This is the biggest benefit trend of COVID-19: At a time of collective grief, uncertainty and anxiety, there is a new spotlight on how employers treat their employees. It’s not just about salary or nice-to-have perks—it’s getting to a deeper, more meaningful level. How do you help them cope? How do you show them you have their back? What resources can you provide? What flexibility? What recognition? What leeway? Read more here.
John Hancock latest to sign on to virtual camp trend: Another employer has turned to a free virtual camp perk—amid other new benefits—to help its employees who are struggling to take care of their children during the pandemic. John Hancock’s four-week camp for its employees and their children kicked off July 20 with more than 3,000 campers. Content includes a mix of online and offline curriculum that can be done with minimal parental supervision for kids ages 4-10. The activities also include hands-on STEM and art activities, a pen pal program, a chore chart, arts and crafts, music and story time and a camp singalong. Read more here.
COVID-19 is changing how employees view their benefits: Although the coronavirus pandemic has put employee benefits in a new spotlight, the crisis also has caused a drop in how employees perceive the value of their offerings and their trust in their company to make the best benefits decisions, a new analysis finds. Research out from The Hartford—which polled U.S. workers and human resources and benefits decision-makers in early March, just before the COVID-19 outbreak in the U.S., and again in mid-June, finds that 73% of employees now say they value the insurance benefits their company offers them, down from 80% three months earlier. The percentage of employees who say they trust their company is making the best decisions about the benefits available dropped six percentage points, from 61% in wave one of the study to 55% in wave two. Read more here.
HR leaders: Give workers ‘permission’ to disconnect: It’s time to consider vacation nudges, including artificial holidays, Fridays off and more. Read more here.
Employers prep for virtual open enrollment: Well over half of employers say their company’s open enrollment strategy will depend more strongly on online resources this year because of the coronavirus pandemic, according to new research from The Hartford. A look at what that means to HR leaders. Read more here.
How Bank of America is supporting working parents: Childcare can be both complex to set up and costly during normal times—factor in COVID-19 and the reality that most kids aren’t going to back to full-time in-person instruction this fall, and working parents have another cascade of obstacles to overcome. Bank of America is seeking to alleviate some of that uncertainty with a host of childcare support initiatives. Read more here.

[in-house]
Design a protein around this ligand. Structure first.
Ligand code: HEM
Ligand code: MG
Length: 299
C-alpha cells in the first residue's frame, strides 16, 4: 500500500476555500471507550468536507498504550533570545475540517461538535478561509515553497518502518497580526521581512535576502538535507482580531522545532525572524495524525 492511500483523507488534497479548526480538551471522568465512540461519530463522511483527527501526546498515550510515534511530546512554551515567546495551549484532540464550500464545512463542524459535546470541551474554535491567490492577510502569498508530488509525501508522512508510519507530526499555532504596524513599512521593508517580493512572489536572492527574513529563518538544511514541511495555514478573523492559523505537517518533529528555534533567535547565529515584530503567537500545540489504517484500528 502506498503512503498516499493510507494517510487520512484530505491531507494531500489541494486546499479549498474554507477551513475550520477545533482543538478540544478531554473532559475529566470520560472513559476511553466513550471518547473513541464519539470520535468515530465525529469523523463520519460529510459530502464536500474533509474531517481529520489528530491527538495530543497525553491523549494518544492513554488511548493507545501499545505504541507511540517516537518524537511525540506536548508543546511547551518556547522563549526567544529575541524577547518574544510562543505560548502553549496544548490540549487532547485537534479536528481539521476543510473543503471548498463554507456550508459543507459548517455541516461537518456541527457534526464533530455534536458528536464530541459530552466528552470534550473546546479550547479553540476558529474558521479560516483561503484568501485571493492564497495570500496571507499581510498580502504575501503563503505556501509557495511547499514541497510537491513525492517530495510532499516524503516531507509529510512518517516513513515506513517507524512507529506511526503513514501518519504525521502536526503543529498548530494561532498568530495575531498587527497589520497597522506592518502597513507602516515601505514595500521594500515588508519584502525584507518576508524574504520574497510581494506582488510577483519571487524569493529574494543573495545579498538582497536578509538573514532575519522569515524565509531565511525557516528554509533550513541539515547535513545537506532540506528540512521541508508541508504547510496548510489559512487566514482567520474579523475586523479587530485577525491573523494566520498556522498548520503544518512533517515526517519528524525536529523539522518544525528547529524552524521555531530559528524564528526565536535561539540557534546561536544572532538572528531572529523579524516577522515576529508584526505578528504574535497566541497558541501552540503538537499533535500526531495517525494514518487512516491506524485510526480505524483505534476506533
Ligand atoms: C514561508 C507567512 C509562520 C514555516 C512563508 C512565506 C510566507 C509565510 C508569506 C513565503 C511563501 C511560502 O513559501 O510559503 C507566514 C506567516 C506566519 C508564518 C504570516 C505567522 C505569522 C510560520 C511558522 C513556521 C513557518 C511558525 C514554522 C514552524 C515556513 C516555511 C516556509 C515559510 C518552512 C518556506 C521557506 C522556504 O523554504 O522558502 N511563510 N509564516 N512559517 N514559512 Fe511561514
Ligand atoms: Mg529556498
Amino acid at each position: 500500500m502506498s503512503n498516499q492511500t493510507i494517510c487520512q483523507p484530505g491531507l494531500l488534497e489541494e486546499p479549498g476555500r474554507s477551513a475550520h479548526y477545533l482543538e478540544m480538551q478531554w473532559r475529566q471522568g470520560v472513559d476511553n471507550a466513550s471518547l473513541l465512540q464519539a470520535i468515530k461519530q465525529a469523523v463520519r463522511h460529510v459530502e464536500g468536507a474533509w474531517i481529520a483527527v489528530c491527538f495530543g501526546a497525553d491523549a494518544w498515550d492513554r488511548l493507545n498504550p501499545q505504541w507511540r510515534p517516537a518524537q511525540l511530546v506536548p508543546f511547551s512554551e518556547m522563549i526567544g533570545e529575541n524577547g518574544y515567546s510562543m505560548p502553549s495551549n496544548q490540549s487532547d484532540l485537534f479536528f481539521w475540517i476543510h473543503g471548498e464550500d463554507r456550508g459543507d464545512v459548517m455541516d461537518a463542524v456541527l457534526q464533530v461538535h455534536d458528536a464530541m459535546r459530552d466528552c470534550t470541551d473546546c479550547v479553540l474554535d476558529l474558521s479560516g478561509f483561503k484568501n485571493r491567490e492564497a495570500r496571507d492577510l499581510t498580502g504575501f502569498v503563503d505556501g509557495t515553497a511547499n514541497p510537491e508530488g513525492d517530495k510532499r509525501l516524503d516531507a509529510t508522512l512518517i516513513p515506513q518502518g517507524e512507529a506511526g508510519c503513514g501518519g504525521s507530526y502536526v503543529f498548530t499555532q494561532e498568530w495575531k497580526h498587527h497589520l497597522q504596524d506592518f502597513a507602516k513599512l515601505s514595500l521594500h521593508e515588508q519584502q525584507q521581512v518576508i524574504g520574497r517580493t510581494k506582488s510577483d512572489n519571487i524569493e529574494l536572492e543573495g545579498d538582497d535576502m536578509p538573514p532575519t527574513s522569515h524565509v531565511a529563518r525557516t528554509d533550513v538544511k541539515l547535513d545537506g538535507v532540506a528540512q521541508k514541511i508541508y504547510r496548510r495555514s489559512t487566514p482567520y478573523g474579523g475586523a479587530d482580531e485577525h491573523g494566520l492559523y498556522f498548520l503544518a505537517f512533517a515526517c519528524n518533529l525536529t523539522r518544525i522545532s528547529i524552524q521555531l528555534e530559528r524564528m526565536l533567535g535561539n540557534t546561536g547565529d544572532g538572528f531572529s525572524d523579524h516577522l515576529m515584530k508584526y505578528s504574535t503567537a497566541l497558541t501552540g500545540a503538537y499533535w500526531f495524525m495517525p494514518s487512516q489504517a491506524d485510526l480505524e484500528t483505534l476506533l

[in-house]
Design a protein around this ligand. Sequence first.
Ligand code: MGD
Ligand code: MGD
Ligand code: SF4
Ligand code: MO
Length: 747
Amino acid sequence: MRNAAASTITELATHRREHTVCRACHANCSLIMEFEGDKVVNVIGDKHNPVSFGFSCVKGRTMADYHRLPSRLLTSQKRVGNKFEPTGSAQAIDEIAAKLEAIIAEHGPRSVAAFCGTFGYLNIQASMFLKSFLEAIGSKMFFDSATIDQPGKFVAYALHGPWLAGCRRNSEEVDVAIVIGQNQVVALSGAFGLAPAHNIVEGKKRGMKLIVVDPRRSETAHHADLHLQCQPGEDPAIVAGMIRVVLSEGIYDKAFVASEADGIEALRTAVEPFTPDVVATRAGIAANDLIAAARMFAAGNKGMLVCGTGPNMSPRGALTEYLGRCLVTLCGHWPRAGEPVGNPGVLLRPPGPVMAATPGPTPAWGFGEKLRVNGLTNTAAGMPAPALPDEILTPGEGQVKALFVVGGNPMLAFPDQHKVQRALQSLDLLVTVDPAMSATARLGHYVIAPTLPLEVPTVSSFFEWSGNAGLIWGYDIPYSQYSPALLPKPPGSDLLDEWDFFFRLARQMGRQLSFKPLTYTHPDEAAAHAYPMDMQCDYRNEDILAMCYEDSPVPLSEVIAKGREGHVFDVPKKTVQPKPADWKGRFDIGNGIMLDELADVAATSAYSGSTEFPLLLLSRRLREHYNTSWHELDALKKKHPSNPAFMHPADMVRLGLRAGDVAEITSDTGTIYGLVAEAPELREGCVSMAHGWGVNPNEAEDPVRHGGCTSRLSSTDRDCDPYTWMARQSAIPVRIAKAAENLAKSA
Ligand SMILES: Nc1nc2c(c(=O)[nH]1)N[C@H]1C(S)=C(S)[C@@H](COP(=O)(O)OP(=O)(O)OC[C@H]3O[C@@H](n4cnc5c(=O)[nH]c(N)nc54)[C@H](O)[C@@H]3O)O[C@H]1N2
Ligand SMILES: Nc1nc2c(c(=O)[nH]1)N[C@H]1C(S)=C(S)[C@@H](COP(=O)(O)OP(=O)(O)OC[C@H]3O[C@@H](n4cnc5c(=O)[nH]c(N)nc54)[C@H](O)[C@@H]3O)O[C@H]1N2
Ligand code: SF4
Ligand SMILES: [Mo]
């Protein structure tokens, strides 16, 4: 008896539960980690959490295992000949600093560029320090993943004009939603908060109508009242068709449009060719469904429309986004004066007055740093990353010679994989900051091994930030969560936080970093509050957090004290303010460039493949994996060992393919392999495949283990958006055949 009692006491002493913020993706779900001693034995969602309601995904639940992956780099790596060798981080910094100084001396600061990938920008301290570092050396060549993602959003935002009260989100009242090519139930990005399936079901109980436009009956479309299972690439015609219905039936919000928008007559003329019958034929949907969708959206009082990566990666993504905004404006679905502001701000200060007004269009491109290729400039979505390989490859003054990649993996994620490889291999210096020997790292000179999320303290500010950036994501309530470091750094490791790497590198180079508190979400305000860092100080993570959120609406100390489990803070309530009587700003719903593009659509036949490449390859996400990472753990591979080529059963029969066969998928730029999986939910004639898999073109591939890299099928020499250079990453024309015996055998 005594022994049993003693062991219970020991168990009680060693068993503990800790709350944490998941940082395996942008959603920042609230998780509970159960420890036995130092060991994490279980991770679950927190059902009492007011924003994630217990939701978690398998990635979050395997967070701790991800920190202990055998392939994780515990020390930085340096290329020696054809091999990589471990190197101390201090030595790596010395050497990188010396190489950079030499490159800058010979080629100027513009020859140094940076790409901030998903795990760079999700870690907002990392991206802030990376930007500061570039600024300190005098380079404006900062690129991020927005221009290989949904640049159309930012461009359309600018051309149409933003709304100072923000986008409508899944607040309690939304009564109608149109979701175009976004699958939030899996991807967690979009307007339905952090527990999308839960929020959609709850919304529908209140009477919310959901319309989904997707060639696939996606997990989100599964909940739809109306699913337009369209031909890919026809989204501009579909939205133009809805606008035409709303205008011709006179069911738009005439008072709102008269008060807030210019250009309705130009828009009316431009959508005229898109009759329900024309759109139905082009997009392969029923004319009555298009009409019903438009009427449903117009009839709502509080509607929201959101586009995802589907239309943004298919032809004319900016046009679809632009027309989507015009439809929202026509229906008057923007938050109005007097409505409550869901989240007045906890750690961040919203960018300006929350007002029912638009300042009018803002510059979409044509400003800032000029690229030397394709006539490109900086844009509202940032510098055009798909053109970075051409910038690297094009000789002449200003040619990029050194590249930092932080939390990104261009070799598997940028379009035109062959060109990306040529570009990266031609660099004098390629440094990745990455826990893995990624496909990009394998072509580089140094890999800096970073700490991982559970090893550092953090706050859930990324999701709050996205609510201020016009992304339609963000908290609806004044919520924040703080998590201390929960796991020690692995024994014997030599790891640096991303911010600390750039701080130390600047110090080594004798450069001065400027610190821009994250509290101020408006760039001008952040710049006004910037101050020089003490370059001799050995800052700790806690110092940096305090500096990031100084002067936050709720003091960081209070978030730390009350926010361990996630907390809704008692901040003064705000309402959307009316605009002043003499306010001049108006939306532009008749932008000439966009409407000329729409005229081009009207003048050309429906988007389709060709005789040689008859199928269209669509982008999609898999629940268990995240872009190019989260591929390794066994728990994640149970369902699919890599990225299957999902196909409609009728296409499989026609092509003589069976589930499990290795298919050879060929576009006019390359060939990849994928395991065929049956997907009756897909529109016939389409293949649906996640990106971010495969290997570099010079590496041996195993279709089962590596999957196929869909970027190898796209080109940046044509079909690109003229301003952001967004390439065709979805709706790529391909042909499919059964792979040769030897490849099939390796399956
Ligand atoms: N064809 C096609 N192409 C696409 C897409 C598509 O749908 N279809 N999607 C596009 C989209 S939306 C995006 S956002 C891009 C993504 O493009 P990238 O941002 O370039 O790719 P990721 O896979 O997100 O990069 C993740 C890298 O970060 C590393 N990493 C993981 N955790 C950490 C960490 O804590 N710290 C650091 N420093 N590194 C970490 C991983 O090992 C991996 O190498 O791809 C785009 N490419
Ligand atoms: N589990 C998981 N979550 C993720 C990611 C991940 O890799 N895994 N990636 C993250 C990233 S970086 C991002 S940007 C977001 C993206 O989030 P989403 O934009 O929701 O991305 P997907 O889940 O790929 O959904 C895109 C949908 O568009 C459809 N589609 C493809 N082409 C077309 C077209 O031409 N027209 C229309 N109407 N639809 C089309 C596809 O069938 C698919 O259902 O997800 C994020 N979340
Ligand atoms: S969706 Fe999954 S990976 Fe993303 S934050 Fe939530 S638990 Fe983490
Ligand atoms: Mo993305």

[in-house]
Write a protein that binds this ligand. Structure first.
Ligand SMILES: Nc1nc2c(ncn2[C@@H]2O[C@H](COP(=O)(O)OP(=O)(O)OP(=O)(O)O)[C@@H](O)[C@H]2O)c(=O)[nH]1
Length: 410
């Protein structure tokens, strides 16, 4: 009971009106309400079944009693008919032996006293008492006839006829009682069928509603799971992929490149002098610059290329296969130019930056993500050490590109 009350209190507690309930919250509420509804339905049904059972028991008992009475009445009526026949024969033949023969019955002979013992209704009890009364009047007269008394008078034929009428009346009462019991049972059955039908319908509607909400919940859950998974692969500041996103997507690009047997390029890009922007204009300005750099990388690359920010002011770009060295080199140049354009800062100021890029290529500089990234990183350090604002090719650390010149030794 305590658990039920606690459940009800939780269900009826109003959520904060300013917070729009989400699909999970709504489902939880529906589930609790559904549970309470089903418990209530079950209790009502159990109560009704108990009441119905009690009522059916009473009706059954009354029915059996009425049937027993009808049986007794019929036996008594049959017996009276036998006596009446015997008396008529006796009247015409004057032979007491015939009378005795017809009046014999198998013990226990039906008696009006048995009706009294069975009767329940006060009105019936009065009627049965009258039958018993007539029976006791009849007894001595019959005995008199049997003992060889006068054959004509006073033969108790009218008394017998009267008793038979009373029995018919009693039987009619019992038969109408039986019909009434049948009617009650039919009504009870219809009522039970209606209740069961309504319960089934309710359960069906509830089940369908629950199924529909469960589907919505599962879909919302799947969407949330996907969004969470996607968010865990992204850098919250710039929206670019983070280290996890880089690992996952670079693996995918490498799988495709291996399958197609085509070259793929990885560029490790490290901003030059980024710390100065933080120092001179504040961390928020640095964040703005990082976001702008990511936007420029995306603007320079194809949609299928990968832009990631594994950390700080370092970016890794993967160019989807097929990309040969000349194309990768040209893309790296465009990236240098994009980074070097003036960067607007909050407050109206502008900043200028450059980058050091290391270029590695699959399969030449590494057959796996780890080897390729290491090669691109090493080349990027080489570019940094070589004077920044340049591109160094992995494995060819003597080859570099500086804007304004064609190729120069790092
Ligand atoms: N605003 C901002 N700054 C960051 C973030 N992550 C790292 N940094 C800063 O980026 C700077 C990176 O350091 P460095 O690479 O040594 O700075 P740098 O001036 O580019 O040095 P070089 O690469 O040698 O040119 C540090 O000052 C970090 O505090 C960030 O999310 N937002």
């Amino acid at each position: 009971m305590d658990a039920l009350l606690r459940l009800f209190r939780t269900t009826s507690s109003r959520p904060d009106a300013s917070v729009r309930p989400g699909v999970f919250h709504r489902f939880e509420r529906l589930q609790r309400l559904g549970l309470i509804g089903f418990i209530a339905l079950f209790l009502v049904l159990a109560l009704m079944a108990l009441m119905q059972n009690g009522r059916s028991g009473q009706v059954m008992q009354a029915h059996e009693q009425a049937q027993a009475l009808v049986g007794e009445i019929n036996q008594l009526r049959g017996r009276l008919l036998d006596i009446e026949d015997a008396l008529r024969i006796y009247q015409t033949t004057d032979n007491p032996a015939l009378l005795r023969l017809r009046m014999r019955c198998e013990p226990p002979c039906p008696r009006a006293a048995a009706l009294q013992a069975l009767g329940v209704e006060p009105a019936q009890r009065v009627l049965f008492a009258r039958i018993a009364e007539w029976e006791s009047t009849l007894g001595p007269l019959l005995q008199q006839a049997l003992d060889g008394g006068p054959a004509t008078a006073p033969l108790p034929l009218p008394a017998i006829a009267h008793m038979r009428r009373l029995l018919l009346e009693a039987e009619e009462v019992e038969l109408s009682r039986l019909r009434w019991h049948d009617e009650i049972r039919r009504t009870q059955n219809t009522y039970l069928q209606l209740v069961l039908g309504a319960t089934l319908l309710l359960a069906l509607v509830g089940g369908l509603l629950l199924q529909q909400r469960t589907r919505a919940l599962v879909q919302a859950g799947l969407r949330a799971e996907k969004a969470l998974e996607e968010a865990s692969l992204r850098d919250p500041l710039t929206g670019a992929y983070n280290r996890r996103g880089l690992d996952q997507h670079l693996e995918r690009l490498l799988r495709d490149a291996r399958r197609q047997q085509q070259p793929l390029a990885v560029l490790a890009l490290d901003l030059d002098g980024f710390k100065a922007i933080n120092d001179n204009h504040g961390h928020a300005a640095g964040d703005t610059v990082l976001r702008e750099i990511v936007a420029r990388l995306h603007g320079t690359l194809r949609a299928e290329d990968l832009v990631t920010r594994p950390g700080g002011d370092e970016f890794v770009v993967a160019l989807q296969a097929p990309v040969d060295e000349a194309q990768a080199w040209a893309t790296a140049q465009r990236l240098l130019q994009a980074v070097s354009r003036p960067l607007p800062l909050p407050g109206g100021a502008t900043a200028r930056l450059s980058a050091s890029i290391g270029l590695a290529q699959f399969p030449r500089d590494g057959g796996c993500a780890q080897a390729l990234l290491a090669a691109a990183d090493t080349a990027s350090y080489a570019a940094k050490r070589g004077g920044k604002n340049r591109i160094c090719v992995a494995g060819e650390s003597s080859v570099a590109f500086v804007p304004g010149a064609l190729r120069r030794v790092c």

How a ‘menu of options’ can ease the childcare burden: Paylocity is in the process of rolling out a “menu of options” to help employees—nearly all of whom have been working remotely since March—to manage the work/life integration. Plans that could be considered include split schedules, such as a several-hour break in the middle of the day for caregiving; a four-day week with 10 hours; swapping a weekday for working on a weekend day; and reduced hours until schools resume in-person operations. Read more here.
COVID-19 accelerates uptick in remote work, wellbeing: ‘Never waste a good crisis,’ one expert says as more employers embrace innovations in employee engagement. Read more here.
A ‘tail’ in improving employee wellness: pet adoption assistance: The Zebra, an Austin-based insurance comparison website, this year rolled out an extremely rare benefit: covering expenses up to $300 annually for employees adopting a new cat or dog into their family. The company says the pet adoption benefit pays big dividends in employee morale and wellbeing—especially during the coronavirus pandemic. The pandemic has not only resulted in pet owners spending significantly more time at home with their pets, but it’s prompting an exponential increase in pet adoptions. Read more here.
COVID income data paints bleak financial picture: More than half of people say they’re currently earning half or less of their pre-pandemic income, according to a survey of more than 1,100 U.S.-based respondents from FlexJobs, which was fielded in partnership with Prudential. Additionally, 46% say their emergency savings wouldn’t last them more than three months and roughly a quarter (24%) said their savings wouldn’t last one month. Overall, 62% do not have enough emergency savings to last six months. Read more here.